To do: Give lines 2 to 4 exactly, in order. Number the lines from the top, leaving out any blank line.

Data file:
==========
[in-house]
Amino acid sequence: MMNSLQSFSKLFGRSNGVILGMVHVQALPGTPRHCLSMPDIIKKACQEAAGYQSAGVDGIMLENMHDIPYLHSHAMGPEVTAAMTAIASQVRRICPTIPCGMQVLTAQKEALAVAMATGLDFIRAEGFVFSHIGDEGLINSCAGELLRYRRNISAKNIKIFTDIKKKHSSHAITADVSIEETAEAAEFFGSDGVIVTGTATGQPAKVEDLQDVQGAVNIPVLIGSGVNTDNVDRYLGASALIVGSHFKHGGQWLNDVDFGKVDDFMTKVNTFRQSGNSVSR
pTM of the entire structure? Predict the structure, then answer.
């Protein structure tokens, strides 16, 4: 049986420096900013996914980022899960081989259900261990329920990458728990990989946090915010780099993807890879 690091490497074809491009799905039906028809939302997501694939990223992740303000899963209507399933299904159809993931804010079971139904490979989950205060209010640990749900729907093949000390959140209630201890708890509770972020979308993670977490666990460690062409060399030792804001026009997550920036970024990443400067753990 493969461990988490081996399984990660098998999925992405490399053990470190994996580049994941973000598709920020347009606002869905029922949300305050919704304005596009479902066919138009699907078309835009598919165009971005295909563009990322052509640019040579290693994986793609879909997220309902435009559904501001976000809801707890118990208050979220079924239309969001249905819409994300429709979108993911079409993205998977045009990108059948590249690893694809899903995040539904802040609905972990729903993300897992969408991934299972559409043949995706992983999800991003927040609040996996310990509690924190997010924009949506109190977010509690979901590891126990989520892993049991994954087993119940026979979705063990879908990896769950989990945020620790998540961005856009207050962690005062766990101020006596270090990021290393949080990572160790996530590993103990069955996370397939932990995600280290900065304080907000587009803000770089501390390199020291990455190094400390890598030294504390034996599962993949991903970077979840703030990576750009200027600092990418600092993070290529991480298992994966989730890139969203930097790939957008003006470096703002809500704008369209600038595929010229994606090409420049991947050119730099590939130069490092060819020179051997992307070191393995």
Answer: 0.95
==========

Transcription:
Amino acid sequence: MMNSLQSFSKLFGRSNGVILGMVHVQALPGTPRHCLSMPDIIKKACQEAAGYQSAGVDGIMLENMHDIPYLHSHAMGPEVTAAMTAIASQVRRICPTIPCGMQVLTAQKEALAVAMATGLDFIRAEGFVFSHIGDEGLINSCAGELLRYRRNISAKNIKIFTDIKKKHSSHAITADVSIEETAEAAEFFGSDGVIVTGTATGQPAKVEDLQDVQGAVNIPVLIGSGVNTDNVDRYLGASALIVGSHFKHGGQWLNDVDFGKVDDFMTKVNTFRQSGNSVSR
pTM of the entire structure? Predict the structure, then answer.
């Protein structure tokens, strides 16, 4: 049986420096900013996914980022899960081989259900261990329920990458728990990989946090915010780099993807890879 690091490497074809491009799905039906028809939302997501694939990223992740303000899963209507399933299904159809993931804010079971139904490979989950205060209010640990749900729907093949000390959140209630201890708890509770972020979308993670977490666990460690062409060399030792804001026009997550920036970024990443400067753990 493969461990988490081996399984990660098998999925992405490399053990470190994996580049994941973000598709920020347009606002869905029922949300305050919704304005596009479902066919138009699907078309835009598919165009971005295909563009990322052509640019040579290693994986793609879909997220309902435009559904501001976000809801707890118990208050979220079924239309969001249905819409994300429709979108993911079409993205998977045009990108059948590249690893694809899903995040539904802040609905972990729903993300897992969408991934299972559409043949995706992983999800991003927040609040996996310990509690924190997010924009949506109190977010509690979901590891126990989520892993049991994954087993119940026979979705063990879908990896769950989990945020620790998540961005856009207050962690005062766990101020006596270090990021290393949080990572160790996530590993103990069955996370397939932990995600280290900065304080907000587009803000770089501390390199020291990455190094400390890598030294504390034996599962993949991903970077979840703030990576750009200027600092990418600092993070290529991480298992994966989730890139969203930097790939957008003006470096703002809500704008369209600038595929010229994606090409420049991947050119730099590939130069490092060819020179051997992307070191393995």